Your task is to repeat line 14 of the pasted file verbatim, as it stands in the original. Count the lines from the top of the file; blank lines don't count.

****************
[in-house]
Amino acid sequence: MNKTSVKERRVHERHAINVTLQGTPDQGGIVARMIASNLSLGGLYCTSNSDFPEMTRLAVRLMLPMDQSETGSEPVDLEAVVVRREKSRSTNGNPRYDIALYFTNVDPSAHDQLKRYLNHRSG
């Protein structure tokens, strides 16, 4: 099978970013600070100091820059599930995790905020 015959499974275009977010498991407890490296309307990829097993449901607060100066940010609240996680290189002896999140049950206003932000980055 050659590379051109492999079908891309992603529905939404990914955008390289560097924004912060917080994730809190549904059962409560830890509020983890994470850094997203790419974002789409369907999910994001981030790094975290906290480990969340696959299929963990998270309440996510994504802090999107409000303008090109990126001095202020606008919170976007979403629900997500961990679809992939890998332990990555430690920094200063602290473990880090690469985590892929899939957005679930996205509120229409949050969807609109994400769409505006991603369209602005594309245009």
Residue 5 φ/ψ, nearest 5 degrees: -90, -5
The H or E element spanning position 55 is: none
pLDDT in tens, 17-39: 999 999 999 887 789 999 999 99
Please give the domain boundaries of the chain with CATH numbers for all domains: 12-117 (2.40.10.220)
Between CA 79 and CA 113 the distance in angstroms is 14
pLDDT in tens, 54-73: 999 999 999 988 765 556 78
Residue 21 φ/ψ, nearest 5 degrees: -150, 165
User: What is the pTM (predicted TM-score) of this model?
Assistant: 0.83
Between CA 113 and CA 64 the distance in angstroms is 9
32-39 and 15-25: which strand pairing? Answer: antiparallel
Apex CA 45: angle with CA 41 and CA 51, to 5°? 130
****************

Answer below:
32-39 and 15-25: which strand pairing? Answer: antiparallel